(The Center Square) - For the first time in months, California's 7-day COVID-19 test positivity rate reached 10.8 percent over the last week, indicating increased spread of the virus as state officials report a rise in COVID-19 hospitalizations.
The last time California's 7-day test positivity rate reached double digits was on August 20, when the rate stood at 10 percent, according to data from the California Department of Public Health. This week's test positivity rate is higher than the same time last year, when the state's 7-day positivity rate December 3, 2021, was 2.2 percent.
As case rates rose during the winter surge at the end of December 2021 and start of January 2022, the 7-day positivity rate spiked to 22.3 percent in the second week of January, according to data from the Department of Public Health.
While the current positivity rate is still significantly lower than the positivity rate during the peak of last year's winter surge, health officials are warning that the state is already seeing an uptick in hospitalizations. As of Friday, 3,793 were hospitalized for COVID-19 in California, according to CDPH. During the last winter surge in January, the number of patients hospitalized with the virus in a single day peaked at nearly 15,500 patients.
"COVID-19 cases are impacting California earlier than usual this year and the state is beginning to see an increase in hospitalizations," the California Department of Public Health told The Center Square in an email, adding that the department is urging Californians to "protect themselves and their families against COVID and other winter viruses" by getting the flu shot and COVID boosters, testing for COVID-19 when sick, wearing a mask in indoor public spaces and washing hands frequently.
In mid-December 2021, state health officials moved to reinstate an indoor mask mandate after the state saw a 47 percent increase in COVID-19 cases. At this point in time, state officials have not announced that the state could return to an indoor mask mandate, but according to the state's COVID-19 response plan (the SMARTER plan), "there may be conditions that warrant temporary, targeted and risk-based masking requirements."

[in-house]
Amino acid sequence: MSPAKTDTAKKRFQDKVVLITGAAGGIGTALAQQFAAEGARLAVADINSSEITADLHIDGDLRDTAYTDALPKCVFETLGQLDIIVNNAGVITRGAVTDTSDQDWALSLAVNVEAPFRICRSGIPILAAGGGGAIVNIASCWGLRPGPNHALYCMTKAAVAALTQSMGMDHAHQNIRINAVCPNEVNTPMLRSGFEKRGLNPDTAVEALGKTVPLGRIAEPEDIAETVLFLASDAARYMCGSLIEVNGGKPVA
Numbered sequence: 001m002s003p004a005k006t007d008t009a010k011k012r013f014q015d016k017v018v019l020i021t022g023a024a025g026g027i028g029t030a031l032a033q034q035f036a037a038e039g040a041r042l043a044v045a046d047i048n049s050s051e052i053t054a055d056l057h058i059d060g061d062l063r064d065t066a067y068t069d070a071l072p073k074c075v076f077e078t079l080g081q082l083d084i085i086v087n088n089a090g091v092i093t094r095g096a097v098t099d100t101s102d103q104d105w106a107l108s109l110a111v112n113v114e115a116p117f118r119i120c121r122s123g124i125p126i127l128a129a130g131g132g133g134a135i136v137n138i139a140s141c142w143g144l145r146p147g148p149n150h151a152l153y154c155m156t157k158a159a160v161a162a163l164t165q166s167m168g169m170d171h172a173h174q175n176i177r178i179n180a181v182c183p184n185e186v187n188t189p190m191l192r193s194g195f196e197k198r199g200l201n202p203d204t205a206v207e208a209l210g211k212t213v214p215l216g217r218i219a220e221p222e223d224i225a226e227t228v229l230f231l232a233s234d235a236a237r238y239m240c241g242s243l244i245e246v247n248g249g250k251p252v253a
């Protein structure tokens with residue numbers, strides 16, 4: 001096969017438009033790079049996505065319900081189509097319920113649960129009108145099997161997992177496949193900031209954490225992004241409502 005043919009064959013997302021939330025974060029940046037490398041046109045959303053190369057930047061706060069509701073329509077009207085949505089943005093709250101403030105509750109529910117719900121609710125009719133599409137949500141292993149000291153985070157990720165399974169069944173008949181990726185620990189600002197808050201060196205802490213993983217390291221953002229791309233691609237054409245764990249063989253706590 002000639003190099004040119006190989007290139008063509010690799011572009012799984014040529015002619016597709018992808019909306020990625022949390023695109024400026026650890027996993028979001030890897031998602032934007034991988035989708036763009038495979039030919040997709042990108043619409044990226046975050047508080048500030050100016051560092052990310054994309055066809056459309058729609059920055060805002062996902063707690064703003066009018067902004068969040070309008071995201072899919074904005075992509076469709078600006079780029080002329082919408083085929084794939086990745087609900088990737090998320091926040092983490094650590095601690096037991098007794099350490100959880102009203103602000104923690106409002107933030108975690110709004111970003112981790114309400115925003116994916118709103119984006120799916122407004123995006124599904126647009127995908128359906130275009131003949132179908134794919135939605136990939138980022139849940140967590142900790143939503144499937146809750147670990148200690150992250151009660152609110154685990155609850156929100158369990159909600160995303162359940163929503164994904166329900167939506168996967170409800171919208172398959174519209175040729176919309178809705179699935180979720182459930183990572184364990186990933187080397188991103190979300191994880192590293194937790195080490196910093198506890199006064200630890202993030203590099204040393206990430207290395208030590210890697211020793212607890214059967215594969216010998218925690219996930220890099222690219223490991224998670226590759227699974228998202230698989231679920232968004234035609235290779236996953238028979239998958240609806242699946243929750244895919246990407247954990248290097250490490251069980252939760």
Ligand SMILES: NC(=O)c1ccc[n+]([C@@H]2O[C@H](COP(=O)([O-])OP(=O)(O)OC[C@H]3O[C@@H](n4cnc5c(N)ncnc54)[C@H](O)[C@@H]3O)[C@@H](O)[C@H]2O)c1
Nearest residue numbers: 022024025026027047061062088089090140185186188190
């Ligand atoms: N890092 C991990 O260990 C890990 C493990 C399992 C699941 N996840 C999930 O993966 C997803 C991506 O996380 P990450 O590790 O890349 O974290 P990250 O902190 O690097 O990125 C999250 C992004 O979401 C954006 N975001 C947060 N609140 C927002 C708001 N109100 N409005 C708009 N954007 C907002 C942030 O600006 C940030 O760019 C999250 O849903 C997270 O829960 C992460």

Several California counties are currently in the Center for Disease Control's "medium" tier of community spread, which is determined by a combination of case rates, COVID-19 hospitalizations and the percentage of staffed inpatient beds occupied by COVID patients. The counties identified at the "medium" community level as of Friday include Los Angeles, Orange, Fresno, Monterey, Sacramento, and several others in the Central Valley and Bay Area.
With Los Angeles moving into the "medium" community level this week, Los Angeles Public Health Director Barbara Ferrer announced during a press conference Thursday that the county could move to reinstate an indoor mask mandate if the region surpasses the threshold for the "high" community level. The current case rate in Los Angeles is 185 cases per 100,000, and the rate of COVID hospitalizations reached 12 per 100,000 this week, according to Ferrer.
Ferrer said the county could be in the "high" community level as soon as next week based on current trends, but as noted by the Los Angeles Times, it remains uncertain if that threshold will be met. If LA County does hit the hospitalization and case rate benchmarks to instate a mask order, officials could implement the rule a few weeks later, the Times reported.
Over the summer, LA County was poised to reinstate an indoor mask requirement after seeing a rise in cases, but ended up holding off on the mask order after seeing an improvement in COVID-19 case rates and hospitalizations.
Meanwhile, state health officials are also watching a rise of RSV and flu activity in California this winter, urging Californians to take prevention measures like masking in crowded indoor spaces, getting the flu shot and staying away from individuals who are sick.